Dutch State Secretary of Social Affairs and Labour Jetta Klijnsma has partly given in to the wish of the First Chamber of the Dutch Parliament to look at setting a social minimum for Bonaire, St. Eustatius and Saba that is based on the benchmarks of the basic cost of living.
Klijnsma promised in a meeting with the First Chamber’s Permanent Committee for Kingdom Relations on Tuesday that she would draft an action plan to establish a social minimum for the Caribbean Netherlands that is based on the objective benchmarks of the basic cost of living. The action would be ready before March 2017. In the meantime, she would keep striving for a higher minimum wage and the implementation of the poverty policy.
Klijnsma as well as Dutch Minister of Home Affairs and Kingdom Relations Ronald Plasterk were called to a meeting with the Senate to discuss the execution of the motion of Senator Ruard Ganzevoort of the green left party Groen- Links.
This motion, which was co-signed by ten other parties in the Senate and adopted almost unanimously in June this year, requested the Dutch Government to establish a social minimum that is based on the benchmarks of the basic cost of living for the Caribbean Netherlands.
The fact that this is done in the Netherlands, but that the Dutch Government so far has not done so for Bonaire, St. Eustatius and Saba has been a source of concern in the Senate where all parties, with the exception of the Party for Freedom PVV, have been clamouring for commitment of the Dutch Government to achieve an acceptable provisions level and to raise the standard of living.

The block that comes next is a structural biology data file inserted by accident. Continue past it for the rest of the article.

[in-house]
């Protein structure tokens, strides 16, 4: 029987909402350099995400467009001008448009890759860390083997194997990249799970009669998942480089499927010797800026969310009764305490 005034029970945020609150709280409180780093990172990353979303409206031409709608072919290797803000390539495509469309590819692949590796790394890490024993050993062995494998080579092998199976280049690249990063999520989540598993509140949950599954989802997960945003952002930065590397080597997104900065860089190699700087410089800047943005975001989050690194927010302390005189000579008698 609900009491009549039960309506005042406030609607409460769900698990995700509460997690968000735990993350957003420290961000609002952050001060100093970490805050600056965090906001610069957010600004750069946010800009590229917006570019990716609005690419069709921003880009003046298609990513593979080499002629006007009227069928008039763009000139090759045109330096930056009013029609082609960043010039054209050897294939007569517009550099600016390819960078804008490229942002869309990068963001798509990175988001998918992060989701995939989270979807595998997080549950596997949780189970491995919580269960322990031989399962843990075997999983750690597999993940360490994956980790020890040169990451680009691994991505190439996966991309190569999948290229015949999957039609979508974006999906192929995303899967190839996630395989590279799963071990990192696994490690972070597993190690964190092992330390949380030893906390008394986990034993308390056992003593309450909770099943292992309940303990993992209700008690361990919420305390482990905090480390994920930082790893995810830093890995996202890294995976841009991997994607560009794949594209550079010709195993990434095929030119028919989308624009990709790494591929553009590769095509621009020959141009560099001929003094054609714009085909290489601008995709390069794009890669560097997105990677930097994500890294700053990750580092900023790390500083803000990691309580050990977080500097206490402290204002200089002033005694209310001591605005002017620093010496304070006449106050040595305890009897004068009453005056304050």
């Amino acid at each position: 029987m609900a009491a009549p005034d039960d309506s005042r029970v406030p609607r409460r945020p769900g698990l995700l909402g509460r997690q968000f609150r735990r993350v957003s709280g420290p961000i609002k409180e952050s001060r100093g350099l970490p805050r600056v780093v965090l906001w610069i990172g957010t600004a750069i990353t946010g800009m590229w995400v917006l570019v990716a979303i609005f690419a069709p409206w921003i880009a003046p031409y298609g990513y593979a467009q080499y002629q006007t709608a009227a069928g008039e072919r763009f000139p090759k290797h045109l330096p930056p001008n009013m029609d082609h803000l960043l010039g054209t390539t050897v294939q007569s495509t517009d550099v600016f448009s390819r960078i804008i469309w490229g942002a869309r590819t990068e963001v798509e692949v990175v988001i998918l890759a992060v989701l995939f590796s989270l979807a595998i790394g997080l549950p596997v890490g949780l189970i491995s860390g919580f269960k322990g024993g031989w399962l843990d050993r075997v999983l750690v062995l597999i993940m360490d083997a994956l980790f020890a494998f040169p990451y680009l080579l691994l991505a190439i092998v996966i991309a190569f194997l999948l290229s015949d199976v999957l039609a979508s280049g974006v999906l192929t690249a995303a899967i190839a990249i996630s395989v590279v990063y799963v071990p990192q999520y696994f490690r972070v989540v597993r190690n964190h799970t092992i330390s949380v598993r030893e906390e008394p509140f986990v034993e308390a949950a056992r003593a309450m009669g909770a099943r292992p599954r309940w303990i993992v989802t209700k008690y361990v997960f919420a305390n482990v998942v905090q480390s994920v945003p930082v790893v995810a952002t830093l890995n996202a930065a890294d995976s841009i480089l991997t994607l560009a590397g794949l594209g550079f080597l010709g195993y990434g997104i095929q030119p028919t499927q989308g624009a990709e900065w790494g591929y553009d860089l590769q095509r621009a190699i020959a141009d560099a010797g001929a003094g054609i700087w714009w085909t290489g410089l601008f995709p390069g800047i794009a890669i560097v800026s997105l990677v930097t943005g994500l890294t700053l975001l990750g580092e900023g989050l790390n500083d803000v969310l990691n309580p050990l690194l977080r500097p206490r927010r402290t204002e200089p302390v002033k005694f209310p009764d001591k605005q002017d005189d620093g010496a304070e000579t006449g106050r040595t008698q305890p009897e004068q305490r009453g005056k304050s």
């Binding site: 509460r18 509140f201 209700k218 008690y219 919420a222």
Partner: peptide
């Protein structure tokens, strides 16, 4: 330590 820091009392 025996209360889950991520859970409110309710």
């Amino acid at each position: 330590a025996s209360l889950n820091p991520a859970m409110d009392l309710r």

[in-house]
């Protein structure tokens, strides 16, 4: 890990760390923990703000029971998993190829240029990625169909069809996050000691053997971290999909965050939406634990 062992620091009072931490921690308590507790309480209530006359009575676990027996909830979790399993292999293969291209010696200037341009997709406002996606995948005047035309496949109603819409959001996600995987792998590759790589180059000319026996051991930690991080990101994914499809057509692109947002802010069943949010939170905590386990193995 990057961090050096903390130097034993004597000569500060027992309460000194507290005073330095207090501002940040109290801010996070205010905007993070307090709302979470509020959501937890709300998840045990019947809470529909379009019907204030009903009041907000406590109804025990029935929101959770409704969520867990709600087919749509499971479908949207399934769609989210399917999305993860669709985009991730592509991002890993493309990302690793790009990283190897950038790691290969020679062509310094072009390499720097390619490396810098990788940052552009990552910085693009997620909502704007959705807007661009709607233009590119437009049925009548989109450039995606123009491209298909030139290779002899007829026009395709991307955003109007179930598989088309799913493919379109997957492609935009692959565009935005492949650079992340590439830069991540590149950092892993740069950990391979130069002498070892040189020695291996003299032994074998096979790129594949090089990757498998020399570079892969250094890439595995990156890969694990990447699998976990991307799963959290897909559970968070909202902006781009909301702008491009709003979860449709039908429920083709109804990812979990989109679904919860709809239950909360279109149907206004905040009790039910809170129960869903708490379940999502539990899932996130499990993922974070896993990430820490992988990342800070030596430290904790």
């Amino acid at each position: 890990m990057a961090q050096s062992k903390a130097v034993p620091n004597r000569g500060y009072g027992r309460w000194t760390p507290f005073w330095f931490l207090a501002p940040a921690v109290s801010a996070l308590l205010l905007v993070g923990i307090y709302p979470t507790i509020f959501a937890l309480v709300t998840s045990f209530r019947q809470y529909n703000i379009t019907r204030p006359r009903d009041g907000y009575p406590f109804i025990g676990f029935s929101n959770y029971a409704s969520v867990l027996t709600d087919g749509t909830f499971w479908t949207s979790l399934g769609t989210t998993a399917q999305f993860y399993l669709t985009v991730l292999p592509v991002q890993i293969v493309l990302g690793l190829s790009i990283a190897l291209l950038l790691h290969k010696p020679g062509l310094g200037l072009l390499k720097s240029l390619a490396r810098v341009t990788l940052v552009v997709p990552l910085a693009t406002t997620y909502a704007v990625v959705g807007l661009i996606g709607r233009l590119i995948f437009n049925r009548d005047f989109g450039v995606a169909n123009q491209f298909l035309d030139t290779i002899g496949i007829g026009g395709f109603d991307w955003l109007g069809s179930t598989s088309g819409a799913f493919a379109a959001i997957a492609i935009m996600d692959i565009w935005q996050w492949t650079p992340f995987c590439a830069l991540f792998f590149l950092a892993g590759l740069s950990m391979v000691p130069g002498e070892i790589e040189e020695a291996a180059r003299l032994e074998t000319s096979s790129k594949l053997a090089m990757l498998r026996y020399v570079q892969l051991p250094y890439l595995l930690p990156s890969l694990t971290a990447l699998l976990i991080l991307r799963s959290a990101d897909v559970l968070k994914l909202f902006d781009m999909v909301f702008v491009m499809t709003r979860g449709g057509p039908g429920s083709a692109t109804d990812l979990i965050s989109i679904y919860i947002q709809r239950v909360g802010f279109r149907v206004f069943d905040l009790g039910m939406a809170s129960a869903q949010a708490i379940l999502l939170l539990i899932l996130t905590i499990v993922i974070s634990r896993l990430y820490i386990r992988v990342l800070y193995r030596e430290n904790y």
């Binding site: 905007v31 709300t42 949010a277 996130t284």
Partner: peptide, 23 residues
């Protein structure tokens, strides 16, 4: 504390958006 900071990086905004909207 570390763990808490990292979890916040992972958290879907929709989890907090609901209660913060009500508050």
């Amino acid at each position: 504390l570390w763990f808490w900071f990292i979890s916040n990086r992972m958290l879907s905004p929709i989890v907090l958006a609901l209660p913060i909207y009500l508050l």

The Senate has objected to the policy of the Dutch Government to base the social security on the legal minimum wage on the islands without establishing the social minimum. “Government opts for a different method by basing the social minimum on the minimum wage instead of basing the social minimum on the basic cost of living. We are not having two different definitions within the Netherlands,” said Senator Ganzevoort on Tuesday.
Ganzevoort questioned the reluctance of the Dutch Government to establish a social minimum and said that the Senate needed a clear answer about the calculation of the social minimum, which would also assist in establishing an adequate poverty policy.
According to Ganzevoort, Government’s policy to combat poverty made little sense if it hadn’t been established what the basic needs of the people on the islands are. “We need to define the social minimum first before we can talk about social security and poverty policy.”
Senator Helmi Huijbregts- Schiedon of the liberal democratic VVD party agreed. She said it was important to establish a point of departure, meaning a social minimum, which was linked to the basic cost of living. “That relates to the success of the poverty policy.”
Senator Meta Meijer of the Socialist Party (SP) said it was vital that the people on the islands were able to sustain themselves. She pointed out that it was simply impossible to lead a decent life, and to pay rent, cover the utilities and food bills off the social welfare.